In many ways life is back to normal for the Gonzaga women.
The pandemic is finally in the rearview mirror, crowds are expected to fill the Kennel once again and the Zags are favored to win the West Coast Conference regular-season title.
On the other hand, coach Lisa Fortier and her staff must find new roles for several players after losing four starters from last year’s squad.
And for the first time that anyone can remember, they go into a new season with no incoming freshmen.
“It’s the first time I can recall,” said Fortier, who began her GU career as an assistant in 2005.
However, the Zags bring back enough talent from last year’s 27-7 squad to merit the favorite’s role to win the WCC title and presumably get back to the NCAA Tournament.
GU did that the hard way last year, overcoming two regular-season losses to BYU and upsetting the Cougars in the WCC tournament. GU eventually reached the second round of the NCAA Tournament.
“They never stopped believing,” Fortier said.
The challenge is different this year. There’s plenty of experience, but the challenge lies in finding bigger roles for a big group of returnees.
In more ways than one, the Zags will be led by their lone returning starter, senior point guard Kayleigh Truong.
One of the most consistent players in recent program history, Truong has excelled at the point. Last year she averaged a team-high 11.2 points and shot 35% from long range and had an assist-to-turnover ratio of 1.4.
Truong plans to amplify her voice as a leader on the court and hopes to start alongside her twin sister Kaylynne.
Coming off the bench last year, Kaylynne put up almost identical numbers to her sister’s: 10.4 ppg and 35% from beyond the arc.
But that’s the big question: Would it be better for Kaylynne to come off the bench, as she did last year for her sister and shooting guard Cierra Walker?
Walker is gone, replaced by Utah grad transfer Brynna Maxwell. A 38% shooter from long range, the 6-foot Maxwell is a solid bet to start, either at guard or on the wing (should both Truong sisters start.)
Another option on the wing is junior McKayla Williams, who excelled as a defender last year and got off to a great start this year with her long-range shooting at FanFest.
Shooting was an issue last year for Williams, a former four-star recruit out of Los Angeles who was 32% from the field last year and 22% from long range.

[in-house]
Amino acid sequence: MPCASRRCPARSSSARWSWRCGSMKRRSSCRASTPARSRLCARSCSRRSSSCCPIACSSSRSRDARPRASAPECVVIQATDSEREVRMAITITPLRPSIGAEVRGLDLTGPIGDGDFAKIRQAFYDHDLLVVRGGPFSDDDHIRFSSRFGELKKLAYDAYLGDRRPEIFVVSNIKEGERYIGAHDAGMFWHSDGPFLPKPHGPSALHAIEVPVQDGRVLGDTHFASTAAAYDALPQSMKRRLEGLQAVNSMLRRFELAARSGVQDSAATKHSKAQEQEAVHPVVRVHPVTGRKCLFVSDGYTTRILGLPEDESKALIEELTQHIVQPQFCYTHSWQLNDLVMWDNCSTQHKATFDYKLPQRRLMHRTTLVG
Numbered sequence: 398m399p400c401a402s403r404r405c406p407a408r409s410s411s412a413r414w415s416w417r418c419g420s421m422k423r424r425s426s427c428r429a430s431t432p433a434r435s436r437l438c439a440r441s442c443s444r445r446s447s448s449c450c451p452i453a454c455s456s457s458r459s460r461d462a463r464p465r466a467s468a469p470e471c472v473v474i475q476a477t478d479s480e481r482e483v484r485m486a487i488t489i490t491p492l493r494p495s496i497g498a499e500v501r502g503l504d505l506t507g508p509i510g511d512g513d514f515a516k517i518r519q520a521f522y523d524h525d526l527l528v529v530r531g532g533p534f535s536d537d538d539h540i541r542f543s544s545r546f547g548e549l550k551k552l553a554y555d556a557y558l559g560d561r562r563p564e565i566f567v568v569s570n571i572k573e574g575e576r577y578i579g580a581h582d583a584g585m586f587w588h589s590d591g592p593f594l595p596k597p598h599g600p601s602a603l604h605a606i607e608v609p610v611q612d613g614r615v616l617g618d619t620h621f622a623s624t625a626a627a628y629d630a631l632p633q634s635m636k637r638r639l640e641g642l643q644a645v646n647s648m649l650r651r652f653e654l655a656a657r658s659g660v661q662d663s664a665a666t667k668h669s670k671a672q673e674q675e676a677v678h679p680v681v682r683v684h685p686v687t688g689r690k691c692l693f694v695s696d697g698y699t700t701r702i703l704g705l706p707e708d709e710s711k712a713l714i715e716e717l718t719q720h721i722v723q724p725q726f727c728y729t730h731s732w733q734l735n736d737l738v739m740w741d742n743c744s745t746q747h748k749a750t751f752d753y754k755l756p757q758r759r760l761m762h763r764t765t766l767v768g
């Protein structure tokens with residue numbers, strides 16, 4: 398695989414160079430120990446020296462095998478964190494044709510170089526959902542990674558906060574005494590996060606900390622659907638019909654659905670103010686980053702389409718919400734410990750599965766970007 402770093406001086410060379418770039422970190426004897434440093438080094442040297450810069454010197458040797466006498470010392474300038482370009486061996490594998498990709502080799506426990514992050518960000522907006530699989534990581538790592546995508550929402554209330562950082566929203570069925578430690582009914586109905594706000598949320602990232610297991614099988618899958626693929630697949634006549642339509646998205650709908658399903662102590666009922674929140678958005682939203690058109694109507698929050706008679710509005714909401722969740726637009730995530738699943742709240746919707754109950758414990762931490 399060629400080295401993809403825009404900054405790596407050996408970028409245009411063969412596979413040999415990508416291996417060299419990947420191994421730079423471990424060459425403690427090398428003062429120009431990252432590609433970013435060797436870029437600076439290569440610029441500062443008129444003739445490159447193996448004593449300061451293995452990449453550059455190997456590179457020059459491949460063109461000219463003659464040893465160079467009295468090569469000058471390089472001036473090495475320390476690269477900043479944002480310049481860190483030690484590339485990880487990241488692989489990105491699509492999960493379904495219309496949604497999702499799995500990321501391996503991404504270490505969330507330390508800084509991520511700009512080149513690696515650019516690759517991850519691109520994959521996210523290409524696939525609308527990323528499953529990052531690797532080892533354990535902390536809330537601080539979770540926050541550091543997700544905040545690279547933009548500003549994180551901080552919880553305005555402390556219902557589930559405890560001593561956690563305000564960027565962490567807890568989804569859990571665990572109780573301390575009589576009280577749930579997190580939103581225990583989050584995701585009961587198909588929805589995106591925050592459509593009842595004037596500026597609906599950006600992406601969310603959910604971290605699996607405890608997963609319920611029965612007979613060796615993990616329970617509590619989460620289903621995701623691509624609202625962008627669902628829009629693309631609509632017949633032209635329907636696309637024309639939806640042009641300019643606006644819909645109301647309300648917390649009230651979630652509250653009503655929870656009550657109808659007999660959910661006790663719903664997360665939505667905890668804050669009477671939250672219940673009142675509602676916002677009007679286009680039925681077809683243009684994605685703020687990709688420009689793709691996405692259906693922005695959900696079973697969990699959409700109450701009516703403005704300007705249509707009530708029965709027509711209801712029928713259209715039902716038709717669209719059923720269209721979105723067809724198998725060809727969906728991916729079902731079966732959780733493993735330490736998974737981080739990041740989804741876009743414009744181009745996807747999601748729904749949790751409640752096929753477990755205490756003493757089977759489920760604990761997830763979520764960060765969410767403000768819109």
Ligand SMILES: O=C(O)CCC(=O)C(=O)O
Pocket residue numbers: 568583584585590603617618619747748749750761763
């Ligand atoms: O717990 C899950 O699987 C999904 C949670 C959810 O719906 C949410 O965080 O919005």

“But she makes a lot of correct decisions – when to drive and when to shoot,” Fortier said. “And she’s a good, long defender, and we don’t have as many of those this year.”
Also in the mix at guard is redshirt freshman Calli Stokes, whom Fortier calls “one of or hardest workers” as well as one of the most versatile. “She’s going to have opportunities at shooting guard or wing,” Fortier said.
A bigger uncertainty is the status of guard/wing Bree Salenbien. The first five-star recruit in program history, Salenbien is still recovering from a knee injury suffered in March.
“It’s up to the doctors,” Fortier said of the timetable for Salenbien’s return.
The options in the paint begin with 6-1 junior Yvonne Ejim, whose power and quickness make her one of the premier forwards in the WCC.
Ejim is an All-WCC preseason pick after averaging 10.1 points and 5.6 boards last year.
“Vonnie is one of those special players who has all the aspects of offense, defense and the ability to handle the ball,” Fortier said.
Ejim will need some help, and the best options appear to be Maud Huijbens and redshirt junior Eliza Hollingsworth.
Both are 6-3, but the similarity stops there. Hollingsworth, a redshirt junior, is a good outside shooter but looked uncomfortable at times in the paint. Huijbens, a sophomore, is a strong force inside but struggled at times in passing the ball.
Another freshman, Esther Little, saw limited playing time last year. Also in the mix is junior college transfer Destiny Burton.
Another challenge for the coaches will be managing minutes and rotations. Fortier likes to hold players under 30 minutes on the court, but that may be more difficult with 11 players.
“We will have to see,” Fortier said. “I think that conditioning and foul trouble are going to be interesting – those might be the limitations.”
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